The Power Query Editor preview updates and shows the FloatRates currency data. Click “Close and Load” in the top-left corner to add the data to your spreadsheet.

The data you import appears in a new worksheet, to which you can now refer when you need to convert currency.

Most external data sources update hourly, but FloatRates only updates every 12 hours. If you want to update your data manually, click Data > Refresh All.

## Converting Currency in Microsoft Excel

You can use the up-to-date data you imported to convert currency figures with a simple multiplication formula.

Click the worksheet with your imported currency rates. If you’re using FloatRates data, look at the exchange rates under the “exchangeRate” column. Note the cell that contains the rate of the currency to which you want to convert.

Using our FloatRates U.S. dollar data, we see that to convert from U.S. dollars to British pounds, we need to use the GBP exchange rate in cell I3.

Return to your existing worksheet, and type the USD price from which you want to convert into a cell. In a second cell, use the formula =A2*Sheet2!$I$3 , and replace “A2” with the cell that contains your USD price.

Replace the second part of the formula with an absolute reference to the cell in the “exchangeRate” column on your imported data worksheet that contains the exchange rate to which you want to convert.

In the example above, Column A lists U.S. dollars. Column B lists the converted currency rates from U.S. dollars to British pounds (1 USD to GBP is in cell B2).

When you change the absolute cell reference and use alternative data sources (like the FloatRates GBP data source to convert from GBP to other currencies), you can convert from any currency to another.

You can also use a manual rate instead of an external data source to convert currency rates. Just set the exchange rate manually in a cell (in our example, cell B2), and the price in another (cell A3).

The same multiplication formula converts your currency. However, if you’re not using an external data source, you’ll have to update the rate manually to see the correct price.

With the Currencies data type you can easily get and compare exchange rates from around the world. In this article, you’ll learn how to enter currency pairs, convert them into a data type, and extract more information for robust data.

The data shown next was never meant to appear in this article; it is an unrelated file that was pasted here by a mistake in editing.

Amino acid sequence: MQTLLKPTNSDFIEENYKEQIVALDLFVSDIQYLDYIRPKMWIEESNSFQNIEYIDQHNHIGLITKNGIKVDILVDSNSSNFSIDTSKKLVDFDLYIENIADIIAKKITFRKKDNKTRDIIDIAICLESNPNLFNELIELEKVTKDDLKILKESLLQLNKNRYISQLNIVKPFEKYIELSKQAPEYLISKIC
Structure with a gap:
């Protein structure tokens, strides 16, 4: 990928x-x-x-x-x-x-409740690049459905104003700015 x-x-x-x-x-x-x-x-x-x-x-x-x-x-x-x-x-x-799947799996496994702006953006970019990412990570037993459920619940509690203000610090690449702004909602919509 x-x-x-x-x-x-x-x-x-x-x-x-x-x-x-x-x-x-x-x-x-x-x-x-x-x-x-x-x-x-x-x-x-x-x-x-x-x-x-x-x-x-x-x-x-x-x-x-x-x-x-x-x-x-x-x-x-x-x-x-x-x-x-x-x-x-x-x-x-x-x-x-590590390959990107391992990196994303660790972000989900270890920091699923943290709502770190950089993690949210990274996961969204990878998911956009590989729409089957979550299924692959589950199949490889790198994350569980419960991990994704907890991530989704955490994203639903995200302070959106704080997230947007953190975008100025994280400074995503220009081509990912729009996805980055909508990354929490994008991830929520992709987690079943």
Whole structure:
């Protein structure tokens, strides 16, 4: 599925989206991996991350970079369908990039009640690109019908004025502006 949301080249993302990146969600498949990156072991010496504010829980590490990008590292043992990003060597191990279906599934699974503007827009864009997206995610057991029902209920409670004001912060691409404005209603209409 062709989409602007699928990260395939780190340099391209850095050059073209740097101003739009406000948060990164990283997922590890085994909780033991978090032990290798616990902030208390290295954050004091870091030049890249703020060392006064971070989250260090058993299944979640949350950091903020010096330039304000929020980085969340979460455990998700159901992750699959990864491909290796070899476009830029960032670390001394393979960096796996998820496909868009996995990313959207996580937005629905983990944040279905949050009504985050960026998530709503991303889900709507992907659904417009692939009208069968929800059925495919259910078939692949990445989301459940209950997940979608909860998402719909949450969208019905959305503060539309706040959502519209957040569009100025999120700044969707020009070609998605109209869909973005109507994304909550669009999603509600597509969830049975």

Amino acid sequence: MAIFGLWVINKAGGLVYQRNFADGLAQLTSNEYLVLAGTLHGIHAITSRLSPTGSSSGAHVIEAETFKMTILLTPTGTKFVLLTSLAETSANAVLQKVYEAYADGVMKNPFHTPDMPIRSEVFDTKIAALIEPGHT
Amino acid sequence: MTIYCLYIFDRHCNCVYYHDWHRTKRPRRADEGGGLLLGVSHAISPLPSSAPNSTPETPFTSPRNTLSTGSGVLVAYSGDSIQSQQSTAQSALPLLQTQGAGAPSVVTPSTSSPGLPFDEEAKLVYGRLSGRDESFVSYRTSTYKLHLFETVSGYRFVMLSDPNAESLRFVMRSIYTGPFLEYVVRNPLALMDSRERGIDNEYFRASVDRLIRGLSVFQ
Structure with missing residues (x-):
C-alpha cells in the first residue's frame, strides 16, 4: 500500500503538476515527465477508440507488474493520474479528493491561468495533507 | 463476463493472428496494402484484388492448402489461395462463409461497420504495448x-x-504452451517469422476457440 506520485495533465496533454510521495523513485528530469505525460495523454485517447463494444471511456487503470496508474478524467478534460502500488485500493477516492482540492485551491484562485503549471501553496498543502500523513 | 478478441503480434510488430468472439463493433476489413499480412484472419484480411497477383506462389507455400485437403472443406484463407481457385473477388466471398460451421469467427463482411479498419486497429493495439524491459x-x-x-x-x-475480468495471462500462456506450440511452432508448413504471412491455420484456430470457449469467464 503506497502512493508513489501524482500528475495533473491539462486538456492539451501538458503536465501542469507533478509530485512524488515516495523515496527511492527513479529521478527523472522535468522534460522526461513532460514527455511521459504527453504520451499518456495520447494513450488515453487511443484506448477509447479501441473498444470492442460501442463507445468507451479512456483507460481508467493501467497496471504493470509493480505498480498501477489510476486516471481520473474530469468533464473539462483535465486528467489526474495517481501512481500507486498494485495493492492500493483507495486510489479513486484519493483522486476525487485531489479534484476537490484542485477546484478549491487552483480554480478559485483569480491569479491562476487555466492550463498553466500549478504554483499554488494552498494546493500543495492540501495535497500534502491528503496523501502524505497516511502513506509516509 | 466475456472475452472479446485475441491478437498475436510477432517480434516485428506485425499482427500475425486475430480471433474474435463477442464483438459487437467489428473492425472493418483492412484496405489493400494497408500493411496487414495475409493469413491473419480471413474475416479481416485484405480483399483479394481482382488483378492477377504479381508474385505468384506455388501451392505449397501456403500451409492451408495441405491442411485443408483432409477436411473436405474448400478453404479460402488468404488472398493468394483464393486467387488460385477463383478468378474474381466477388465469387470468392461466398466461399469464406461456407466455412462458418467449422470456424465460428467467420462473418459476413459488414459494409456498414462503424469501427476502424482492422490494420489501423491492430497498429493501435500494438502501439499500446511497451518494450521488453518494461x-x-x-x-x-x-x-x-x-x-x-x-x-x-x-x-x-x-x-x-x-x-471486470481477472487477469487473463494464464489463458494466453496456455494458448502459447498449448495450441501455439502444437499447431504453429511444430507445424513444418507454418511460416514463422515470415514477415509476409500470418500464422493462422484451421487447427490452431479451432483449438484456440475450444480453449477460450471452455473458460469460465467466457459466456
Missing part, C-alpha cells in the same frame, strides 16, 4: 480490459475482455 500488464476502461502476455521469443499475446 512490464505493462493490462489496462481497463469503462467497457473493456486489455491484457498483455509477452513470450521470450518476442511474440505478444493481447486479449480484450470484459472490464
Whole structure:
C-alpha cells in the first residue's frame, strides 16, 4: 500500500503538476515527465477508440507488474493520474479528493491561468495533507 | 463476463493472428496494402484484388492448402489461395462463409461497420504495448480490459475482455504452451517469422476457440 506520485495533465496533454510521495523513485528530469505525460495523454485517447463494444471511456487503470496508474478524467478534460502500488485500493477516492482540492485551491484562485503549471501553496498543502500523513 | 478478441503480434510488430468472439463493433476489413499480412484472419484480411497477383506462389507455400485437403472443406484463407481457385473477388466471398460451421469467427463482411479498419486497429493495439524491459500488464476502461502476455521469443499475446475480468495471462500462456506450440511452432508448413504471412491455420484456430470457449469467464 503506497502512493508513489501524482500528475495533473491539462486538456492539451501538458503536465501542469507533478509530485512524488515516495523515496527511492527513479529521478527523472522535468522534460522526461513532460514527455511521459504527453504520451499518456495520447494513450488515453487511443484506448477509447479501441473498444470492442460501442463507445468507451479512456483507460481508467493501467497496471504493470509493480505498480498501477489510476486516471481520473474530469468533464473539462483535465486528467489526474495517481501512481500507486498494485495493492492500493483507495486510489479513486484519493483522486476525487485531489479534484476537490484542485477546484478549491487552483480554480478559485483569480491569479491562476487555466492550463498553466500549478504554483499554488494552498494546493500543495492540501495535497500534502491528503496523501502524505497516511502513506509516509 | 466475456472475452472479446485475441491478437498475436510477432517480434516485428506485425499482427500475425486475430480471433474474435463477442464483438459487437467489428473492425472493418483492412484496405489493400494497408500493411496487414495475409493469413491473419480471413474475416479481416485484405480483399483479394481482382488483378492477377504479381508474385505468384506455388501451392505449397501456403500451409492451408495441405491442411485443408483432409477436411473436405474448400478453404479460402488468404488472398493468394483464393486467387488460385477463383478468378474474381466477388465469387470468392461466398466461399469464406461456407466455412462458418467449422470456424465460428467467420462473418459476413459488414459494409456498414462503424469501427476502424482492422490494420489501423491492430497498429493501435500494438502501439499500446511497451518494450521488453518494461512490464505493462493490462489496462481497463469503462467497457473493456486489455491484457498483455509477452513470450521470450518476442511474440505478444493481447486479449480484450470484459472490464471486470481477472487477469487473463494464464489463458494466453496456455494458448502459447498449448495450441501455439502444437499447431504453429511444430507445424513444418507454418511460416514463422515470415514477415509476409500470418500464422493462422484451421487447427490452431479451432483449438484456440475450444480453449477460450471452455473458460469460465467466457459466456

**Note:** Currency pairs are only available to Microsoft 365 accounts (Worldwide Multi-Tenant clients.)

## Use the Currencies data type to calculate exchange rates

Enter the currency pair in a cell using this format: *From Currency* / *To Currency* with the ISO currency codes.

For example, enter “USD/EUR” to get the exchange rate from one United States Dollar to Euros.

Select the cells and then select **Insert** > **Table**. Although creating a table isn’t required, it’ll make inserting data from the data type much easier later.

With the cells still selected, go to the **Data** tab and select the **Currencies** data type.

If Excel finds a match between the currency pair and our data provider, your text will convert to a data type and you’ll see the Currencies icon in the cell.

**Note:** If you see in the cell instead of the Currencies icon, then Excel is having difficulty matching the text with data. Correct any mistakes and press Enter to try again. Or, select the icon to open the Data Selector where you can search for a currency pair or specify the data you need.

To extract more information from the Currencies data type, select one or more converted cells and select the **Insert Data** button that appears or press Ctrl/Cmd+Shift+F5.

You’ll see a list of all the fields available to choose from. Select the fields to add a new column of data.

For example, **Price** represents the exchange rate for the currency pair, **Last Trade Time** represents the time the exchange rate was quoted.